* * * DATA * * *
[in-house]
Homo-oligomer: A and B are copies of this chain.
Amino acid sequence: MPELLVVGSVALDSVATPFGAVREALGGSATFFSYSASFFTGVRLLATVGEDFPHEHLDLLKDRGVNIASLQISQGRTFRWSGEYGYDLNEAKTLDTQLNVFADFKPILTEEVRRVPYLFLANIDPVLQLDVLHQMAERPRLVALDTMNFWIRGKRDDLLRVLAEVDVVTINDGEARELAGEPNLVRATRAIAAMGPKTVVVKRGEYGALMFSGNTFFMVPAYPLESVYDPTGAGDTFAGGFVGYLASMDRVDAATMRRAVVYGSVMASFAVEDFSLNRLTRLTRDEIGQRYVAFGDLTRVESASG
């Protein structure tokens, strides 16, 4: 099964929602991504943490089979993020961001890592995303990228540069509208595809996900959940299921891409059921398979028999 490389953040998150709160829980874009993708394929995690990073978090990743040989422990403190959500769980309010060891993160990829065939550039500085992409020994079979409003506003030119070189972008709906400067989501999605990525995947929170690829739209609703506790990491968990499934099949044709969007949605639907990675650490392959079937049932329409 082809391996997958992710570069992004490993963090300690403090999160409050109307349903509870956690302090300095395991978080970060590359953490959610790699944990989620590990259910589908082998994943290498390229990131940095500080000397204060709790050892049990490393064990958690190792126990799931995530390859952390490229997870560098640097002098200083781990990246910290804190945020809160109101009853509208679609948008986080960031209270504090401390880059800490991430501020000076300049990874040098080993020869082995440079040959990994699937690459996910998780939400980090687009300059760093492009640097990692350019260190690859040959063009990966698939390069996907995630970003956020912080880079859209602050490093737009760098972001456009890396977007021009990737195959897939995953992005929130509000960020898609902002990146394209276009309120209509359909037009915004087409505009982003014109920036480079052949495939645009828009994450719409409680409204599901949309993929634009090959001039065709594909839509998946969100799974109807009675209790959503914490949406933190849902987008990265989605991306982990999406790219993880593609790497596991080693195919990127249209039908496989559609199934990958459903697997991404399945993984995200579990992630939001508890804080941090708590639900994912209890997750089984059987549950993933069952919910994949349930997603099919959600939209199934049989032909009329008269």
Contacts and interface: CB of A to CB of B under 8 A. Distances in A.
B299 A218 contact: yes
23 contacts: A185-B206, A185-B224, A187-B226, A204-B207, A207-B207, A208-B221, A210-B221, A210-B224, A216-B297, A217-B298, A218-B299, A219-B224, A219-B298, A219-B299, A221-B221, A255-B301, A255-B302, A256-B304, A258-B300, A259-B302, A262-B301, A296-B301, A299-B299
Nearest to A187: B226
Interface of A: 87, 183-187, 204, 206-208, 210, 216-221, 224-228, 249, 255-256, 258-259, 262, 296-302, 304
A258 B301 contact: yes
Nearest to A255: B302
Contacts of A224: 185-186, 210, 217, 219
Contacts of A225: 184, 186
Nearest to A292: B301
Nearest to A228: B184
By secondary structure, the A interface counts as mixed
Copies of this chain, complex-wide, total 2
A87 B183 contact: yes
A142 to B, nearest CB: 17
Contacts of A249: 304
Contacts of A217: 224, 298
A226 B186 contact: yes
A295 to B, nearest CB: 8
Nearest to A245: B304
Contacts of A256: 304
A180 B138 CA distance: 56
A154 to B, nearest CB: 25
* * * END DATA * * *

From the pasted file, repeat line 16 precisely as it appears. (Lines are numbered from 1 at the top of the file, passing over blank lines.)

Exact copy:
By secondary structure, the A interface counts as mixed